Creating a policy where file history is routinely destroyed as a matter of course doesn't make sense to me.  Accordingly, I implemented a policy of rolling back (admin only) in only those cases where a specific instance decision is made by management.  Under this paradigm, when a change is proposed but rejected, the file history remains intact and the file is placed in the 'Not Released' state.  The only problem I have with this is that EPDM reports the file state to be that of the latest version, even if you Get an earlier version that was placed in a different state.  I don't feel right about placing the file back into the Released state when the latest version has not been released, but I don't know how this would best be handled.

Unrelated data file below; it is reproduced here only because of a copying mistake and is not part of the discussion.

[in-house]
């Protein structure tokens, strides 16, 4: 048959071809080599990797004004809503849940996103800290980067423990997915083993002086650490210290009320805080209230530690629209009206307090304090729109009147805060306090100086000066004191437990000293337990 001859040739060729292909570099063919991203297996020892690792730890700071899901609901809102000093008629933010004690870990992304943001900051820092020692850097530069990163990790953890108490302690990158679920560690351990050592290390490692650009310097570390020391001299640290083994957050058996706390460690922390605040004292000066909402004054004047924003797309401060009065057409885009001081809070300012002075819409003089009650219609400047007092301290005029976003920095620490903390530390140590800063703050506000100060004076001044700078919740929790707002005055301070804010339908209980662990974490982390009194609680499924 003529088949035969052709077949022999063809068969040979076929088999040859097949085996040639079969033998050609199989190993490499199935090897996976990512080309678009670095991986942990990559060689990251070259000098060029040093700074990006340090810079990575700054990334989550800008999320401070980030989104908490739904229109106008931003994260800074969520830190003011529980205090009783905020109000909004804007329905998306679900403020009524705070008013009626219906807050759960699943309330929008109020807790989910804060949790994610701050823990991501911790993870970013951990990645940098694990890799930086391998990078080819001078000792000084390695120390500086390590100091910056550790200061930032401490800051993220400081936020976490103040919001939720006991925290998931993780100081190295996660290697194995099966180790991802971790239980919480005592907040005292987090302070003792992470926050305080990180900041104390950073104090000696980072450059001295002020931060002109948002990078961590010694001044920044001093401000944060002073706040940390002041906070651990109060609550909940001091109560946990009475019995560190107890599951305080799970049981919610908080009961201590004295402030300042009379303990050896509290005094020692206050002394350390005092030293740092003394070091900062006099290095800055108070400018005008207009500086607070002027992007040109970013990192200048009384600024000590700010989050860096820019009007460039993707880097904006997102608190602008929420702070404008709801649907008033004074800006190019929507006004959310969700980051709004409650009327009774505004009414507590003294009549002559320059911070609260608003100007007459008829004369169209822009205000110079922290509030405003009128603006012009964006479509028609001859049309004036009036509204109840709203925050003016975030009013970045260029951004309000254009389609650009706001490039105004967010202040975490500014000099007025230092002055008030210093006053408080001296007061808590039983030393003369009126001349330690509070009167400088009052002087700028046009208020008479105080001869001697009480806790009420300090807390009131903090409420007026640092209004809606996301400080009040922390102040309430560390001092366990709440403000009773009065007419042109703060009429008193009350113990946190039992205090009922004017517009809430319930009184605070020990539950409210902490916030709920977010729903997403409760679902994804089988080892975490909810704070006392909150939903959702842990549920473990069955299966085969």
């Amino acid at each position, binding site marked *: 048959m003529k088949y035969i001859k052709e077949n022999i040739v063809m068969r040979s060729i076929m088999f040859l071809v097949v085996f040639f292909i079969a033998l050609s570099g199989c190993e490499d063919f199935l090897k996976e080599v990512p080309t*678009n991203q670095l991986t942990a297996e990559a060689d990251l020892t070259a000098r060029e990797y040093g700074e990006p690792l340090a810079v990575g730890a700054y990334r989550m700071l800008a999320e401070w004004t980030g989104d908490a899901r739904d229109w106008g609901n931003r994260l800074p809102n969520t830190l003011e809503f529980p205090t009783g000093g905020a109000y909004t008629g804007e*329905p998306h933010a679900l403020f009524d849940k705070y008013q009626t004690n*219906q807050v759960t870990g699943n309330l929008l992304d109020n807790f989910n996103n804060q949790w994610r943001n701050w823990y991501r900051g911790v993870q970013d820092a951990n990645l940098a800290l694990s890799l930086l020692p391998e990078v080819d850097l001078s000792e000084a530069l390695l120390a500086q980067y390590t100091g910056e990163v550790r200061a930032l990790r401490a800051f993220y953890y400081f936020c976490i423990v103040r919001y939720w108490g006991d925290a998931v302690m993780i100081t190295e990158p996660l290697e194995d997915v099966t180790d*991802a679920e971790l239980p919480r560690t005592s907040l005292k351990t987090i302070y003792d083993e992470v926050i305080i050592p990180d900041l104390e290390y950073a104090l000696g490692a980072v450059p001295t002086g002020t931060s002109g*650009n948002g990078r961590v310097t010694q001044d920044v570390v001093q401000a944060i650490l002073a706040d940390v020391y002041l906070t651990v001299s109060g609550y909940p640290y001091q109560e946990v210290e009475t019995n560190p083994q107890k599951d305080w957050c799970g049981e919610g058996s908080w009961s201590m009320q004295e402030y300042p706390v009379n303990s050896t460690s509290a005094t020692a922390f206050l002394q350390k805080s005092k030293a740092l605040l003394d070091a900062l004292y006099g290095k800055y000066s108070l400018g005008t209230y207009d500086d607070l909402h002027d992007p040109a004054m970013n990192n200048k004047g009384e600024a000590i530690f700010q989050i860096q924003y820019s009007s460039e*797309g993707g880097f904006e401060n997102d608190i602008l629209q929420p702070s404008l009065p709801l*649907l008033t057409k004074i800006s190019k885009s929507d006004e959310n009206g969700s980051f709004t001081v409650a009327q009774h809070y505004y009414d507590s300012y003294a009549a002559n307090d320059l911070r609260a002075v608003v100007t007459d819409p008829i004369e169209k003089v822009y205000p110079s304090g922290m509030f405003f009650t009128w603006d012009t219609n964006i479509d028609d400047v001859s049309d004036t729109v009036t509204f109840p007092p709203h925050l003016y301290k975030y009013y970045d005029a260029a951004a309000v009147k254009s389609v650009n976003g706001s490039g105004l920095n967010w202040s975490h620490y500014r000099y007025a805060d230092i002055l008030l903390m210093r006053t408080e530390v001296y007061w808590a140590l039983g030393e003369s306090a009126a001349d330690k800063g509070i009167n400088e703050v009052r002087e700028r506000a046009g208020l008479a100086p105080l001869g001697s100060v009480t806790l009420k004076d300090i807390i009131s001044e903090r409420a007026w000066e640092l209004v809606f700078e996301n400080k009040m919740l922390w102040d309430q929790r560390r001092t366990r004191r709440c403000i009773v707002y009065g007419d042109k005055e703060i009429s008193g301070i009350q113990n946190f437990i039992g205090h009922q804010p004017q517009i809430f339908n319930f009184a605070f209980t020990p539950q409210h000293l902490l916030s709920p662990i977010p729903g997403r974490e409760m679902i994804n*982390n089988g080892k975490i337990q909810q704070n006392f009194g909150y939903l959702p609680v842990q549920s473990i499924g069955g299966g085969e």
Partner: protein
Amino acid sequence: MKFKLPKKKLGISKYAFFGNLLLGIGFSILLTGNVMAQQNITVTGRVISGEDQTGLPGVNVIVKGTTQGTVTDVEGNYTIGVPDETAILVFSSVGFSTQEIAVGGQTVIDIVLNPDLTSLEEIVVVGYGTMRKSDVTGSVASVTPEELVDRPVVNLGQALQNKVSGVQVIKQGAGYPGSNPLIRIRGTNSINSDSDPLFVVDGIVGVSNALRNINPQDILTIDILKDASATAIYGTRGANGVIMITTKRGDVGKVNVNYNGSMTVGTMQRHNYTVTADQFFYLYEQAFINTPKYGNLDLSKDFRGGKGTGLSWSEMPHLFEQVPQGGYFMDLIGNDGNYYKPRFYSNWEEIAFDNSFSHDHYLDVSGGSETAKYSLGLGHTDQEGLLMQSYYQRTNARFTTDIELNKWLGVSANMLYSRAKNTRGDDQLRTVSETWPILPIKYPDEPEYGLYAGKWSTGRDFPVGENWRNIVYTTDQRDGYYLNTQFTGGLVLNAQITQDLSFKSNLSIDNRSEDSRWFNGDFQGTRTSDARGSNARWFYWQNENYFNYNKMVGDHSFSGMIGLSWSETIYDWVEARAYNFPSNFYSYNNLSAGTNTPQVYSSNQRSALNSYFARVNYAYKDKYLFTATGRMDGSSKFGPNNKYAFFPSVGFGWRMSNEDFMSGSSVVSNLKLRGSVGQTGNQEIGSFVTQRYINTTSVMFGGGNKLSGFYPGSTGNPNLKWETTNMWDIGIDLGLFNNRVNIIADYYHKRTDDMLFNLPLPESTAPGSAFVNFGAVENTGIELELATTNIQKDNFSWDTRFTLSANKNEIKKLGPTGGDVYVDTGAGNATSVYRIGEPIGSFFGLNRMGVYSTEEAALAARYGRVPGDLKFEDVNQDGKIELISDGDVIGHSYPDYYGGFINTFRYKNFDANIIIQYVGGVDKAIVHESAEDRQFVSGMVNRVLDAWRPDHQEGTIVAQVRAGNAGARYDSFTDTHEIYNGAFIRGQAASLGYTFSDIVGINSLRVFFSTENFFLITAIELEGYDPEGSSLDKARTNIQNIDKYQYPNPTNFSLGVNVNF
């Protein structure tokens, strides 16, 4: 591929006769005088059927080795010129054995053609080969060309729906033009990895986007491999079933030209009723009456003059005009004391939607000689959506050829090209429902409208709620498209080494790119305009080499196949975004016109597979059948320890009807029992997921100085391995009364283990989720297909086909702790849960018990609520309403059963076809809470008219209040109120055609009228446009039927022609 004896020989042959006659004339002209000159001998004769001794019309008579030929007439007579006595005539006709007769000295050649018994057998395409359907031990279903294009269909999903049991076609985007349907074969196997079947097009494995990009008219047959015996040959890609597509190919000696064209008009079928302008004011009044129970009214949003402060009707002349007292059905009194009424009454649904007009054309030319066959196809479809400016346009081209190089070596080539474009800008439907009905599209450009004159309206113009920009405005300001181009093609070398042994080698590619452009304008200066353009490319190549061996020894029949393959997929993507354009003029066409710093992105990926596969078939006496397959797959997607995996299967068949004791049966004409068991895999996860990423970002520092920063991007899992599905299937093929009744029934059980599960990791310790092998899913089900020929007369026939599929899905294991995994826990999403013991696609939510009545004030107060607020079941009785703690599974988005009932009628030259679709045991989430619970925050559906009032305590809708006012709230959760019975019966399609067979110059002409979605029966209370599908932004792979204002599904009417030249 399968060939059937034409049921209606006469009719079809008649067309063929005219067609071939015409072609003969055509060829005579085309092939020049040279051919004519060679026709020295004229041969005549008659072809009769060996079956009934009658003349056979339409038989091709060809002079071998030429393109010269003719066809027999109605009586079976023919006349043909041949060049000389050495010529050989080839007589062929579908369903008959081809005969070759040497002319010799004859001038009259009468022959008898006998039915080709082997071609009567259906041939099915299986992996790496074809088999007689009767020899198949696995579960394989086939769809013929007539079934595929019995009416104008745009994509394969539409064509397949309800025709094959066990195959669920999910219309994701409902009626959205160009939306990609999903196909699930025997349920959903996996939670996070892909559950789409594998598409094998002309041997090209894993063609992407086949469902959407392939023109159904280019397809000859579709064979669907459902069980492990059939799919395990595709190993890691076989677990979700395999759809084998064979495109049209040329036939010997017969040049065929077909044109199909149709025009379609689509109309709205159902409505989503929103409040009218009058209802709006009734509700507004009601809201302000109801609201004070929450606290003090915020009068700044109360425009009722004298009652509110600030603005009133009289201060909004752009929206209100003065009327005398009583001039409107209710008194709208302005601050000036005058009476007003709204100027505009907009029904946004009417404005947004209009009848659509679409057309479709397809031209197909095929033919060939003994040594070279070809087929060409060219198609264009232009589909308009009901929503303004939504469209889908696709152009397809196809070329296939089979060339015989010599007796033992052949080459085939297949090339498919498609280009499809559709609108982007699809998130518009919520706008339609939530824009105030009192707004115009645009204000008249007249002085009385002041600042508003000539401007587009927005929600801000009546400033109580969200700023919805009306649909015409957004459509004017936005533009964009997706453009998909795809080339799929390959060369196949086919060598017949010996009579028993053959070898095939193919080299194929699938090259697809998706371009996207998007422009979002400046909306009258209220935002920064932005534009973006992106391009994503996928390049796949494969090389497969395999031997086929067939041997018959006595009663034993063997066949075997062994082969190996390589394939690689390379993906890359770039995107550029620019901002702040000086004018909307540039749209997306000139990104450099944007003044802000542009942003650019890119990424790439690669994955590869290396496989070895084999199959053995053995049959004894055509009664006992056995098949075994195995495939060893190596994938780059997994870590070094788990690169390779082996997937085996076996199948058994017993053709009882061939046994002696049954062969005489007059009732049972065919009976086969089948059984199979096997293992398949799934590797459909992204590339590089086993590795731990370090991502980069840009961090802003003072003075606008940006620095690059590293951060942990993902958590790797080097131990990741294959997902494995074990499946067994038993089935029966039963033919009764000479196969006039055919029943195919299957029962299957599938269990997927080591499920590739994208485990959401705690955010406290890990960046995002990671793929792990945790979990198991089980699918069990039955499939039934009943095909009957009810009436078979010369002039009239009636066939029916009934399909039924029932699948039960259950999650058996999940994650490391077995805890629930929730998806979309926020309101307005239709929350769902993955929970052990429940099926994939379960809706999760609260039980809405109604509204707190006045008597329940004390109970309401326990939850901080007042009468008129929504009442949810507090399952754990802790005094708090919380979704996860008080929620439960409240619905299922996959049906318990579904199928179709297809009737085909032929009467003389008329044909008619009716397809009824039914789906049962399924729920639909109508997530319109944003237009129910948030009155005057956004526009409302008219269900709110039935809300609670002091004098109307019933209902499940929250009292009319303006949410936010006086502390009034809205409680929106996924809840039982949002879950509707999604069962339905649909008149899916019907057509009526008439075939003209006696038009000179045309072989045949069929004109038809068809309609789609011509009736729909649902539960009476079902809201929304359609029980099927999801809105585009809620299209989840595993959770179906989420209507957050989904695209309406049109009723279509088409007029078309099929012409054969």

Moreover, I can't get my users to let go of the idea that the latest version should always be the one that they want, so any file which has versions later than the official released version confuses them.  Specifically, in the case of files where a proposed change has been rejected, they want to know why it is useful to retain later versions when those changes will not go into effect.  I'm not sure why having those versions available might be useful, but deleting file history summarily just seems anathema to me.

                   

                  Further opinions on these issues would be very helpful.

                    • Re: Are you Rolling Back Rejected Changes?
                      Corey Hinman

                      We don't have to do it often, but unfortunately we are rolling back. As part of our ECR system though, the work order requesting the changes is approved by management well before CAD gets their hands on it.

                       

                      What would the alternative be? Overwriting the latest version with an older version?